ArrowArtboardCreated with Sketch.Title ChevronTitle ChevronIcon FacebookIcon LinkedinIcon Mail ContactPath LayerIcon MailPositive ArrowIcon Print

Year of the Brave Blossoms

Rugby World Cup creates chances for Japan to win points on and off the playing field

| Japan
Japan's rugby team celebrates victory against South Africa at Brighton Community Stadium in the U.K. in September 2015.   © Reuters

Welcome to the land of the rising scrum. That will be the message from Japan in the autumn of 2019, when it hosts the 9th Rugby World Cup. It is important for Japan that the tournament is a success; sports diplomacy is a key ingredient in its "soft power" strategy and the 2020 Tokyo Olympics are coming up next. It is equally important for rugby, as it attempts to establish itself as a global sport. A decent on-field performance by the Japanese team would work wonders on both counts.

This is the first World Cup to be held outside rugby's traditional homelands of Britain, its former dominions and France and the first to be hosted by a so-called "second tier" nation. In the 2018 football (sometimes known as "soccer") World Cup, there was a perceptible closing of the gap between the traditional superpowers, such as Brazil, Germany and Italy (which did not even qualify) and smaller, less heralded nations such as Croatia and Belgium.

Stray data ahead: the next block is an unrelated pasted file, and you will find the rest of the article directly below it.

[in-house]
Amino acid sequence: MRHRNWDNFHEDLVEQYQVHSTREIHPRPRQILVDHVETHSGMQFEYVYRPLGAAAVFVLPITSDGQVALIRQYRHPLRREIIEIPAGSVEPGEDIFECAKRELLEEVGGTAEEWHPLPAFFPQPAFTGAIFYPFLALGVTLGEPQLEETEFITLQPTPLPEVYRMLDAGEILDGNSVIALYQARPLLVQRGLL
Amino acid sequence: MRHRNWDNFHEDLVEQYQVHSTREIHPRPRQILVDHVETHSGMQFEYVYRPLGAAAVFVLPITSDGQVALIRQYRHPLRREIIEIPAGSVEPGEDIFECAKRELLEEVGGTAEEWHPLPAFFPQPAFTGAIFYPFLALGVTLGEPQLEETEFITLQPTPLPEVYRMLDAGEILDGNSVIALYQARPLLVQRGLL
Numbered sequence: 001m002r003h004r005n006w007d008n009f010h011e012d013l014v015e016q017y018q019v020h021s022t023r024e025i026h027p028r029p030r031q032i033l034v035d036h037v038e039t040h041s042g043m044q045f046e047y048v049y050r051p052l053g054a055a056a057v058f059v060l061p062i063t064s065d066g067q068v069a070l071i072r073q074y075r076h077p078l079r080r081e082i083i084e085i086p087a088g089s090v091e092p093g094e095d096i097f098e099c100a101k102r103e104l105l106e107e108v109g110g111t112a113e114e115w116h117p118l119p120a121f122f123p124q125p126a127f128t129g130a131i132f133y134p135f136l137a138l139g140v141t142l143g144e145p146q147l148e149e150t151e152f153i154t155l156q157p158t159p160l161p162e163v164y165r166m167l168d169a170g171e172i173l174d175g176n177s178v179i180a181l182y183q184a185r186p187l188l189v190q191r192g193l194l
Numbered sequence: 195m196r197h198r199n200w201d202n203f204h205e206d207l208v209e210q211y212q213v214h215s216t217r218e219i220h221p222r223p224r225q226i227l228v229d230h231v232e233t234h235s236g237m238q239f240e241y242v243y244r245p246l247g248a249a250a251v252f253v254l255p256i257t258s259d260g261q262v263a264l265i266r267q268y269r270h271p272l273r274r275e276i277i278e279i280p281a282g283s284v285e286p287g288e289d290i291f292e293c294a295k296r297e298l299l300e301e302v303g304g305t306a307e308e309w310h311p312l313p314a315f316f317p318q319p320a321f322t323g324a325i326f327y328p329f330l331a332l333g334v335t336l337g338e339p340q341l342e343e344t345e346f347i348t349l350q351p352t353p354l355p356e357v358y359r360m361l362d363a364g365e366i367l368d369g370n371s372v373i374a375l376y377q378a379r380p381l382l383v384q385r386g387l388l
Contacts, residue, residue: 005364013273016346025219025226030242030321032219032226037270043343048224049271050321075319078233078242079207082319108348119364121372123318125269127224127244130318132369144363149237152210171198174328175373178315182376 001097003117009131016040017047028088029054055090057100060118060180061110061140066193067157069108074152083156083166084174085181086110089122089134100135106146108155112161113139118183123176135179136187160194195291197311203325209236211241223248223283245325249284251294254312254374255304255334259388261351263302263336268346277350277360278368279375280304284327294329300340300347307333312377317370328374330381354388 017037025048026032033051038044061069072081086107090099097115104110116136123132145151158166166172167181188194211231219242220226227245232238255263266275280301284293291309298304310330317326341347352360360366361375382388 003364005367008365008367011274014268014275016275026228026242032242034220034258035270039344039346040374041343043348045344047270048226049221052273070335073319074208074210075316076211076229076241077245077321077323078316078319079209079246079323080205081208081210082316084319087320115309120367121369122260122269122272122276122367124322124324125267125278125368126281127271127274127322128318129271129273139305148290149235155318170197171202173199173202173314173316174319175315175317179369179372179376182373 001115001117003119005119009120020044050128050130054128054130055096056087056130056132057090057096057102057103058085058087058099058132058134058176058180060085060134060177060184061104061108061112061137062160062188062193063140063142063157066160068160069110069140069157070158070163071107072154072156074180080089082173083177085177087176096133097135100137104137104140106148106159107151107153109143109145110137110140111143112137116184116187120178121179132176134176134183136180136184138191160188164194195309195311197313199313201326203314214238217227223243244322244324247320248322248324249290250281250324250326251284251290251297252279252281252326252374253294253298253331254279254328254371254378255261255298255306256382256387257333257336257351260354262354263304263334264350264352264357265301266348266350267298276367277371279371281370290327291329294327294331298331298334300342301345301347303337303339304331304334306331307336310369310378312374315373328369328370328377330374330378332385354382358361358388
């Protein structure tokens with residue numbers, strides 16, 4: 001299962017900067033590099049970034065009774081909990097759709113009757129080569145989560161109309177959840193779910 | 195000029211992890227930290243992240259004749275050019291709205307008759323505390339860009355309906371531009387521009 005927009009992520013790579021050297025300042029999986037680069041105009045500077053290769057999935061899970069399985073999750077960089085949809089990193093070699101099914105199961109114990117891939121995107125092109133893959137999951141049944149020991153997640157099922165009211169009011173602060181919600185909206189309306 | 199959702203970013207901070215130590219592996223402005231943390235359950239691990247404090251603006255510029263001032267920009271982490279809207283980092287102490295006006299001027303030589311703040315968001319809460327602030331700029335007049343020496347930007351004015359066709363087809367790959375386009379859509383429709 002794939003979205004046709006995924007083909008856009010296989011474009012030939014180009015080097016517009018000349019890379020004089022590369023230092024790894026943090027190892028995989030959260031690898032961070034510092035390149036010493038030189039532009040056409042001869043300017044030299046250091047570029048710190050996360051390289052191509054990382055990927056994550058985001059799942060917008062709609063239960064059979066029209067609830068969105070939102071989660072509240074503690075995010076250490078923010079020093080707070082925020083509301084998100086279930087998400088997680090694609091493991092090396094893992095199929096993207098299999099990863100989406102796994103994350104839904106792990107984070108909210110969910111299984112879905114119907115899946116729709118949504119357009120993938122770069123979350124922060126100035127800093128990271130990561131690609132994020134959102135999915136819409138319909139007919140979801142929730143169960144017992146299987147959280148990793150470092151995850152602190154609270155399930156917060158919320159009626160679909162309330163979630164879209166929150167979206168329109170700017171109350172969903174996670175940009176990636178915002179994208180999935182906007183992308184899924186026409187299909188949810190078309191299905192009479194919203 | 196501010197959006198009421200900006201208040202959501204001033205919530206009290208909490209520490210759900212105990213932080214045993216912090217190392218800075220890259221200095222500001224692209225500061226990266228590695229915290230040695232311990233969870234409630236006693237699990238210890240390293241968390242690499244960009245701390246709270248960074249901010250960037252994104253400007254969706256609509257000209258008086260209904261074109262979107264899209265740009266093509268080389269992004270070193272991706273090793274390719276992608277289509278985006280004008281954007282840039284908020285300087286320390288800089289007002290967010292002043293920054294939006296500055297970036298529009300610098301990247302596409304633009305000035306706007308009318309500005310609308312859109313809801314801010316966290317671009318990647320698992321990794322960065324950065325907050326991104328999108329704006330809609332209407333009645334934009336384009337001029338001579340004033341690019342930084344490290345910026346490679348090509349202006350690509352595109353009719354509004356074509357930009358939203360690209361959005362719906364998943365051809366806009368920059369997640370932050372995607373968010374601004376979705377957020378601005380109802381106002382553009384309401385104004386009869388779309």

Sponsored Content

About Sponsored Content This content was commissioned by Nikkei's Global Business Bureau.

Nikkei Asian Review, now known as Nikkei Asia, will be the voice of the Asian Century.

Celebrate our next chapter
Free access for everyone - Sep. 30

Find out more